By Isabelle S.
Last month, I spoke about the difficulty of negotiating my space with others. Now, I want to focus on negotiating this space within myself.
Loneliness. This was, and continues to be, a key theme. One of the many reasons I remain grateful for my harrowing experience is for its ability to continually draw out of me the most unpleasant things I hold on to. I’ve felt lonely around people, as I think many of us do, and I also feel lonely within myself. That’s not new to my experience, but something of it is definitely reminiscent of life in Coffee Creek.
The way we frame post-release, we ask a lot of our soon-to-be fellow community members. Yes, there is an increase in resources and aid, as awareness of the national epidemic of incarceration is increasing. But there is also a growing expectation of our ability to adapt and adjust to the world we enter, and at increasingly faster rates.
I think this demonstrates something endemic to our culture: we expect so much, so quickly. And this is precisely what no class or counselor could have prepared me for. Yes, I expected to work hard when I was released. Yes, I expected it to be challenging. But I could not have prepared myself to understand just how much I would feel, and just how little time I would have to process it.
In fact, as I’ve shared before, it’s now been eleven months since my release, and this understanding is just beginning to catch up to me. I’m only now starting to see why life can be moving on so well before me (especially in contrast to what I went through before and during incarceration), and yet I feel dimly lost, and unhappy. In truth I am not; although I do feel unhappiness, I have no wish to be anywhere other than where I am in this moment. What I am doing is slowly processing my disorientation, learning to understand my own wants and needs, and coming to see how these may not be met by the world I’ve been encouraged to build around me.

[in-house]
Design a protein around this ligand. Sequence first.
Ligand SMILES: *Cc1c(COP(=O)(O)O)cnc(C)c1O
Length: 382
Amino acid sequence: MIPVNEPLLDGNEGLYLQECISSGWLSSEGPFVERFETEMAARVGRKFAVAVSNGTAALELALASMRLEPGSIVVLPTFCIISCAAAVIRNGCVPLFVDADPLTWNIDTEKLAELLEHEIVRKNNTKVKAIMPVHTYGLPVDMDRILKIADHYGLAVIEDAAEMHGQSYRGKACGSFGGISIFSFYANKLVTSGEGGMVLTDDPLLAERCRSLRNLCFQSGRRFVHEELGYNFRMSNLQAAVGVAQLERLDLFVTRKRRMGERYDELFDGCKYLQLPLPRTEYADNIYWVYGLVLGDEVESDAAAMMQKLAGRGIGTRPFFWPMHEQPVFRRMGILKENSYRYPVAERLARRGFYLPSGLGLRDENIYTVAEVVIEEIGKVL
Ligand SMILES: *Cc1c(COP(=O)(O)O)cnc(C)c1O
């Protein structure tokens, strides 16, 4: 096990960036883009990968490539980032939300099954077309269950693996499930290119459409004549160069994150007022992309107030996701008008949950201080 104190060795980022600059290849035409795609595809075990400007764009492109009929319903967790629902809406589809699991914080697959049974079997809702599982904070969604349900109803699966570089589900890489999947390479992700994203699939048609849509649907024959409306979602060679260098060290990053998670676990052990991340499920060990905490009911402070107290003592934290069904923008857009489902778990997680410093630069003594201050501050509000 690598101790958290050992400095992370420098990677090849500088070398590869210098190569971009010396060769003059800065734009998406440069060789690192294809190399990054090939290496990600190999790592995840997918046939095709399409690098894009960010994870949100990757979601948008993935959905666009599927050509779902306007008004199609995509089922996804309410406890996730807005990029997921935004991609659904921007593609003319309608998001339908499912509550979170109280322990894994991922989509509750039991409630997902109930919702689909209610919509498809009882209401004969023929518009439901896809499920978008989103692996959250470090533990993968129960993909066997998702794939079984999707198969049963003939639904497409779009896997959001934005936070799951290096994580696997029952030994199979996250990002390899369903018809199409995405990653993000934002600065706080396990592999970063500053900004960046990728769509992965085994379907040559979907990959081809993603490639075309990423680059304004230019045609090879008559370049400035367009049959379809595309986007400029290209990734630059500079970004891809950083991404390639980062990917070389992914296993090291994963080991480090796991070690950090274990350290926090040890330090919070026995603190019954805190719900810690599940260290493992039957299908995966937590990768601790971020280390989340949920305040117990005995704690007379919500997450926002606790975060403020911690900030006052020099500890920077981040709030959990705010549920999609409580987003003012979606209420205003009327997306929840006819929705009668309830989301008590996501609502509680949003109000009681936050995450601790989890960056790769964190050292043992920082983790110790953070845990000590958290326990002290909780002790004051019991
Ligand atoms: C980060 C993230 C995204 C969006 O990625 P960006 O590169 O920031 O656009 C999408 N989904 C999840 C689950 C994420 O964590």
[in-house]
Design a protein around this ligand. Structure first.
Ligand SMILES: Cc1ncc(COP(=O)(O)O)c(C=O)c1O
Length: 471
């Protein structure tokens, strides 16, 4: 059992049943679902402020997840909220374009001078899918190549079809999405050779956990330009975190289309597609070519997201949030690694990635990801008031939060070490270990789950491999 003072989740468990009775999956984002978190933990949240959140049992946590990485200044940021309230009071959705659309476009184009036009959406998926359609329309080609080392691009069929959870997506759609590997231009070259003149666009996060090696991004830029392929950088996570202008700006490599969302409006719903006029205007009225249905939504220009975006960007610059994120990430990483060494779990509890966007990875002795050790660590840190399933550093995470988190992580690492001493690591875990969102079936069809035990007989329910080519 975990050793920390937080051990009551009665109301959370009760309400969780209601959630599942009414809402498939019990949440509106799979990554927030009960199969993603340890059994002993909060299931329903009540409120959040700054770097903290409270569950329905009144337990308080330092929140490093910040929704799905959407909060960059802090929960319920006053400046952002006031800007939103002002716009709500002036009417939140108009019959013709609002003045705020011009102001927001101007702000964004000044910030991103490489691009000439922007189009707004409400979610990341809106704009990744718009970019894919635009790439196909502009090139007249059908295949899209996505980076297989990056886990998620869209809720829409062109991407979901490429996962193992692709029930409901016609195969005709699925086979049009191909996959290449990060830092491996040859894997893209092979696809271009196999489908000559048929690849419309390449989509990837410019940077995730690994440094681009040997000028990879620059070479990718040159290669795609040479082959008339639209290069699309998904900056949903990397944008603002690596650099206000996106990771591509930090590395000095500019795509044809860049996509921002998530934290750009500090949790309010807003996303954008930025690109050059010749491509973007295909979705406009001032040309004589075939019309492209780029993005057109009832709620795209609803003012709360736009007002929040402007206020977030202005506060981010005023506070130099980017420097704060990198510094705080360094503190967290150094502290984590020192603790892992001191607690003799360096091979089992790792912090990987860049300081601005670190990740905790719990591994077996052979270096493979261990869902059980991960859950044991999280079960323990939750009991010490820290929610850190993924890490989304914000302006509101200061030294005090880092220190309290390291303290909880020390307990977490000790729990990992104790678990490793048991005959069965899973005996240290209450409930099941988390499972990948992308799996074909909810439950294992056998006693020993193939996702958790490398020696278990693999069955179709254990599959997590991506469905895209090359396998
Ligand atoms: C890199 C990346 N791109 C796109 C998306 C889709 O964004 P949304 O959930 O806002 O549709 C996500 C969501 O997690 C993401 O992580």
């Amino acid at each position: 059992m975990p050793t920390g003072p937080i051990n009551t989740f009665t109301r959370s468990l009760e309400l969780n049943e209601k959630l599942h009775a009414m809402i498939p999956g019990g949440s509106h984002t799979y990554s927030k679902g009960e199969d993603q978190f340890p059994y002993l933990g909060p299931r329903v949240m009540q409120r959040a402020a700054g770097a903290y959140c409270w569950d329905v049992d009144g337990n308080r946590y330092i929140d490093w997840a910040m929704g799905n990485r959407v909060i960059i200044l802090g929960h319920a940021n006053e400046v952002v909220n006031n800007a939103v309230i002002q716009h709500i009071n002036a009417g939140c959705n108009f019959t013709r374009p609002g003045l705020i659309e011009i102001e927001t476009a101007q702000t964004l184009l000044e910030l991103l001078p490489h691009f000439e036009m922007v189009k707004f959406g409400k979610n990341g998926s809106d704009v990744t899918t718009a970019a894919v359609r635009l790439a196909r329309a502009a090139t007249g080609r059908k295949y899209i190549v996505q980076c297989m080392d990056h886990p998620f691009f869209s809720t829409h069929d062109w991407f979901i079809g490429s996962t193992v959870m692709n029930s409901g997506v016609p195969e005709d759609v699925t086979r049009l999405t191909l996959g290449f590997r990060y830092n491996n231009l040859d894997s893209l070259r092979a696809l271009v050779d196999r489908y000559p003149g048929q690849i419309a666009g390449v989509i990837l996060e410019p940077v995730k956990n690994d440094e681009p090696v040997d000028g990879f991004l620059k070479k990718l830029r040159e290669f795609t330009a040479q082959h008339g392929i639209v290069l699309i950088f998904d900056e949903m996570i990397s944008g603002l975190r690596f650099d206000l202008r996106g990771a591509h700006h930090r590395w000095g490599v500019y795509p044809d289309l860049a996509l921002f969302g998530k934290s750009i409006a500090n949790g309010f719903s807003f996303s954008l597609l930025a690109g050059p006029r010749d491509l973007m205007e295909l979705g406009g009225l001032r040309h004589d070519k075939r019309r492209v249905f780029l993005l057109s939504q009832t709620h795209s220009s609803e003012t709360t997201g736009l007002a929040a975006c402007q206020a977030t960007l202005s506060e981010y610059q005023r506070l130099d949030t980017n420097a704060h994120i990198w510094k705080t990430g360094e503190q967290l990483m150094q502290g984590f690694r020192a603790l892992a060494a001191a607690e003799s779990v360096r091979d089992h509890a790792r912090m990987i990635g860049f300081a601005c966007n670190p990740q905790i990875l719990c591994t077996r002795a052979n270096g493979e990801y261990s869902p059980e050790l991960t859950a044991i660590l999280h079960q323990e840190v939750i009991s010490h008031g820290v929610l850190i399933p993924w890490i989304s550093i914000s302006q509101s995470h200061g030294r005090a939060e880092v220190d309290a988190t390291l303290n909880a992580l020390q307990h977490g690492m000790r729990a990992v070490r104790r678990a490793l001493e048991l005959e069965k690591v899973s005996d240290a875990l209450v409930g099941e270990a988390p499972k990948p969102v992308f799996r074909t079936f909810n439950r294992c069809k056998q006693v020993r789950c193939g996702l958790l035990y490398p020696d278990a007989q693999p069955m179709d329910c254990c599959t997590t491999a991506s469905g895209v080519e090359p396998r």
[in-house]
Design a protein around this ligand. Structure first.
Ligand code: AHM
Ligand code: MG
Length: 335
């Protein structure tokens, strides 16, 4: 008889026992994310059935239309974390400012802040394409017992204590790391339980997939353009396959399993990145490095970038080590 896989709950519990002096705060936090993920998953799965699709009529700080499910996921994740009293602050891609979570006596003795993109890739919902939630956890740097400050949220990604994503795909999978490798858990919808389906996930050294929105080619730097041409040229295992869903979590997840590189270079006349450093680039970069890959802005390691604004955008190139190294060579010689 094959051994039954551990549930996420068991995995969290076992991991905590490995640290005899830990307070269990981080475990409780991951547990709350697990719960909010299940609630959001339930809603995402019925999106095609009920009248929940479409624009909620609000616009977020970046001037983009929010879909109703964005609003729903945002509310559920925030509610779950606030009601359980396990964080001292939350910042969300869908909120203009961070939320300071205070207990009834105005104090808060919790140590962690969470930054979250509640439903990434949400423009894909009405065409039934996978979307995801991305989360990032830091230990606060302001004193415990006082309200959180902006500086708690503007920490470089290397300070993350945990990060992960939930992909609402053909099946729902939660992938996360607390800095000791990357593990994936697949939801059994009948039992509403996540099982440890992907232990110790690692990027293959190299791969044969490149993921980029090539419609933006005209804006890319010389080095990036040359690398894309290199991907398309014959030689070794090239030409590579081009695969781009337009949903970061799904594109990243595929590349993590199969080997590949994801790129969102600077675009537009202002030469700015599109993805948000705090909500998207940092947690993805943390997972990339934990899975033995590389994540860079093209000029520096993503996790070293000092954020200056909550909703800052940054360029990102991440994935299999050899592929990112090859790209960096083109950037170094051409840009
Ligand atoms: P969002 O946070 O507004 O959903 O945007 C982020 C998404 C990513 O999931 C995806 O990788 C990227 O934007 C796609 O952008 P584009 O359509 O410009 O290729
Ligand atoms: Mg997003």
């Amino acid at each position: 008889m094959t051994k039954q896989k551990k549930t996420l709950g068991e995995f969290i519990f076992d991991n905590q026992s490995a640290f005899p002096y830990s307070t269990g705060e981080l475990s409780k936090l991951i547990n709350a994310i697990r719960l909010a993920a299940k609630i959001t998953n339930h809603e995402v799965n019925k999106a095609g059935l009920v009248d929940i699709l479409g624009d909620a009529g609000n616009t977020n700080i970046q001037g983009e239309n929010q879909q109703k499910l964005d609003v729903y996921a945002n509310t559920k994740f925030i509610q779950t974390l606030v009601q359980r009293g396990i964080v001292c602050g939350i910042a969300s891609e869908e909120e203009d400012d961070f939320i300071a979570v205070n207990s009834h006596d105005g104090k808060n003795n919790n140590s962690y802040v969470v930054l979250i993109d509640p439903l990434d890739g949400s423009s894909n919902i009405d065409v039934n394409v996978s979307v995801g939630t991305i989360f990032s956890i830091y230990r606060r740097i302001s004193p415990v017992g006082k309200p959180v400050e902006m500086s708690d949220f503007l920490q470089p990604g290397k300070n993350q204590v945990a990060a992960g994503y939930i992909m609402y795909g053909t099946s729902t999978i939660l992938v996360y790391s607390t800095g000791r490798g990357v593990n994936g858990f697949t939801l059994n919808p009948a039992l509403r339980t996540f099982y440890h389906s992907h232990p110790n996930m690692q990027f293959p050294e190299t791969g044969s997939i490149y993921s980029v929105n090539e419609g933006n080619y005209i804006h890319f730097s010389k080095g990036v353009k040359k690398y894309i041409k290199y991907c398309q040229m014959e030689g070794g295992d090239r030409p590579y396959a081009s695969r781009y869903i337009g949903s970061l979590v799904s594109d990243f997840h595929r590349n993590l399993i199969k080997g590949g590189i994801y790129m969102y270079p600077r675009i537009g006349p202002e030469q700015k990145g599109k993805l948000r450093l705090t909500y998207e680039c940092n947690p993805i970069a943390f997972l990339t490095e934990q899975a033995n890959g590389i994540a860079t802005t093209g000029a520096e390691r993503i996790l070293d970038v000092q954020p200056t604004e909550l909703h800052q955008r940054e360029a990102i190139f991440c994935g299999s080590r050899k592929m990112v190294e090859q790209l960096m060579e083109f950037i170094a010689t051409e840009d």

In other words, I’m learning to think for myself.
Funny how something like that can sneak up on you, no? It’s no wonder I’ve reached out to people, asked for help, and at the same time had no idea what to ask for. It’s as if this voiceless wanting rests within me, and everything I’ve experienced to this point has told me to shut it away, for the sake of moving forward and putting my life back together.
In some ways, we all swallow difficulty to move forward. I consider it safe to say no one wants to be stuck in their emotions. But whatever happened to integration time? Whatever happened to sitting down with someone and saying, “Hey, I went through something really shitty in life, and I still feel sad about it, even though I think I shouldn’t be.”
Sometimes, it’s necessary to recognize the ways we’ve been affected by life in order to move on.
The writer underwent two years at Coffee Creek Correctional Facility in Oregon, convicted for charges directly related to an active drug addiction.